Shipped from GM Canada’s factory in Oshawa, Ontario, the 3780lb Parisienne was, even by North American standards, a ‘full-size’ saloon.

The Motor’s 1962 road test noted that, despite a 4640cc V8 producing 170bhp, 60mph from rest took 13.7 secs en route to a 95.6mph maximum.

But the likely clientele – film actors, pop stars and the like – could not have been less bothered: with ultra-light power steering and GM’s slush-tastic Powerglide ’box, this was a grand boulevardier for making a statement on the capital’s swinging streets.

Just as well, since any foray on to the (then derestricted) M1 would have had the Parisienne singing more like Cilla Black than Dean Martin, with its low gearing offering just 22.7mph per 1000rpm in top.

Anorak fact Contemporary testers noted that, at standstill, they could turn the Pontiac’s wheel through its five turns from lock-to-lock with one finger

8. Jeep Cherokee station wagon

The appeal of exploring untamed terrains was neatly packaged by Chrysler in 1993 and officially imported to Britain by way of its Jeep Cherokee.

The timing was perfect, as UK buyers bought into the perceived image of cars that could plug the mud, carry the family and, most importantly, look mildly exotic while doing so.

The Cherokee ticked all of those boxes, and was compact enough to not prove an embarrassment on British roads. With unitary construction and a relatively low centre of gravity it handled surprisingly well, too, while still giving a good account of itself over hostile terrain.

If you wanted the full ‘I’ve just traversed the Yukon Trail’ image, you needed the profligate but smooth 4-litre ‘six’, rather than the tractor-like 2.5-litre diesel or weedy petrol of the same capacity.

UK sales were strong at first, but by the time the Cherokee was facelifted in ’97 more competent European rivals had crashed its party, and its unique appeal began to wane.

Anorak fact The Cherokee’s 4-litre ‘six’ was the final engine developed by AMC (American Motors Corporation) before it was bought out by Chrysler

9. AMC Pacer

Perhaps best remembered for its cameo in the 1992 film Wayne’s World, the Pacer went on UK sale in late 1975 with not quite the press fanfare AMC’s British distributor would have liked: ‘We Test The Pacer (and Wish We Hadn’t)’, read Motor’s February 1976 coverline.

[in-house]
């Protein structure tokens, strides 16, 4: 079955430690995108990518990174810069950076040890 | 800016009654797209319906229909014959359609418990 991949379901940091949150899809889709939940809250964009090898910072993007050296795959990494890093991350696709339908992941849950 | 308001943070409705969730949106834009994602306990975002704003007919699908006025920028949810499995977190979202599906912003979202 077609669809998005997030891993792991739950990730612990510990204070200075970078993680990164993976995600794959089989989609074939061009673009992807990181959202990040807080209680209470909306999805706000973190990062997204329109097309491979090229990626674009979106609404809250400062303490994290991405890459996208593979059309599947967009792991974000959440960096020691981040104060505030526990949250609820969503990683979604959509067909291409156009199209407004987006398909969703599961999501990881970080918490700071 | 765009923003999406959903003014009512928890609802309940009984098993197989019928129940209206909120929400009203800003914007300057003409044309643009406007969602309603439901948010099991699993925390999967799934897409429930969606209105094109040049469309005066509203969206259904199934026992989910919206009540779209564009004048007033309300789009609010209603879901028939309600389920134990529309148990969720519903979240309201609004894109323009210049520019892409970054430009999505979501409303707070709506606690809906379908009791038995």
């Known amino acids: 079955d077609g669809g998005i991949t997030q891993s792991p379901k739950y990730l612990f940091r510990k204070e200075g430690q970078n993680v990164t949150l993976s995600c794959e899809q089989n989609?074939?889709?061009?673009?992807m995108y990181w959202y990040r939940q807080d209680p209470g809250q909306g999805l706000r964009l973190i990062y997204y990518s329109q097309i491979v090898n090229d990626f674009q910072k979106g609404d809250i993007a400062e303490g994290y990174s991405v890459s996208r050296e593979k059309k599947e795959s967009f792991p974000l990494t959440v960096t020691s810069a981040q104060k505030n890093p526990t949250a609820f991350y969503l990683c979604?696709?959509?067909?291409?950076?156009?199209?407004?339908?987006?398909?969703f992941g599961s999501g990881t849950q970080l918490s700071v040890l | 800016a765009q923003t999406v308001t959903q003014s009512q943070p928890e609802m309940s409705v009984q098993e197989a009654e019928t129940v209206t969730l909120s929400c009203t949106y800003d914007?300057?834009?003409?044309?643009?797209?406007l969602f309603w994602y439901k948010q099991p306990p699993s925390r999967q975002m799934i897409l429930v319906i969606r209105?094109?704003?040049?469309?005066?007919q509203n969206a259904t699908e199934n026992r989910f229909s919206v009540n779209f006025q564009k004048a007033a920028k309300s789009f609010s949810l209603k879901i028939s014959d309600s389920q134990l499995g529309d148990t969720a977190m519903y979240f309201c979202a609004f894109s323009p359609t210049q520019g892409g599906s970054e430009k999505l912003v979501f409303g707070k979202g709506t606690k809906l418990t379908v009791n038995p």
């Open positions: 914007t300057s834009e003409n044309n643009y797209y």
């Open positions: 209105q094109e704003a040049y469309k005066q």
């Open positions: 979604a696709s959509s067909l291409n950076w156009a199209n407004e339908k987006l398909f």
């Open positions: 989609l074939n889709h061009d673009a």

The two-door hatch was launched as an ‘economy’ car in the USA, but the Pacer’s failings were brought into sharp relief when it crossed the Atlantic.

Costing £5413 – nearly £1900 more than a Ford Capri 3.0 Ghia – the Pacer’s anaemic 95bhp 3.8-litre straight-six struggled to propel it beyond 90mph, and only then if you were prepared to slash its already woeful 16mpg thirst.

Then there was its size: at 172in long and 77in wide, it matched a Ford Granada’s length and a Rolls-Royce Silver Shadow’s breadth.

Factor in an even larger passenger door in LHD form that became a form of entrapment for luckless RHD drivers if something parked too close, and it was no surprise that only a handful of Pacers was sold here.

Anorak fact UK cars were converted to RHD by way of a chain linking the steering wheel to the column, which led to a slightly ‘remote’ feeling at speeds of above 50mph…

10. Ford Falcon

While US importers were well established in the UK by 1960, what they peddled tended to conform to buyers’ perceptions of what the American dream should represent. But with the Falcon, classed as a ‘compact’ across the pond, Ford wanted to challenge more mainstream European fare.

Built in Ford’s Canadian factory, the conservatively-styled Falcon packed a 2365cc straight-six producing just 90bhp, and mated to a smooth-shifting ‘Fordomatic’ automatic transmission.

It was still a large car by UK standards, at 1½in longer than a Jaguar Mk2, but its easy-going, soft-riding demeanour – not to mention its exclusivity – would have held a certain appeal.

Motor Sport’s Bill Boddy tested an early model and praised its spacious cabin (large enough for six occupants), generous equipment levels and the relative ease with which it could cruise at 80mph – though he was less complimentary about its ‘finger-light steering’ with 4¼ turns lock-to-lock ‘…or five if sponge is taken up’.

But objectively, the Falcon was never going to compete with home-grown talent such as the Jaguar Mk2 3.4, which at £1951 undercut the Falcon by £73 yet had a top speed 30mph higher and a chassis far more suited to the UK’s topography.

Anorak fact As part of the Falcon’s preparation for British buyers, Ford’s UK concessionaires chose to respray each and every car

Keyword: 10 US attempts to woo UK car buyers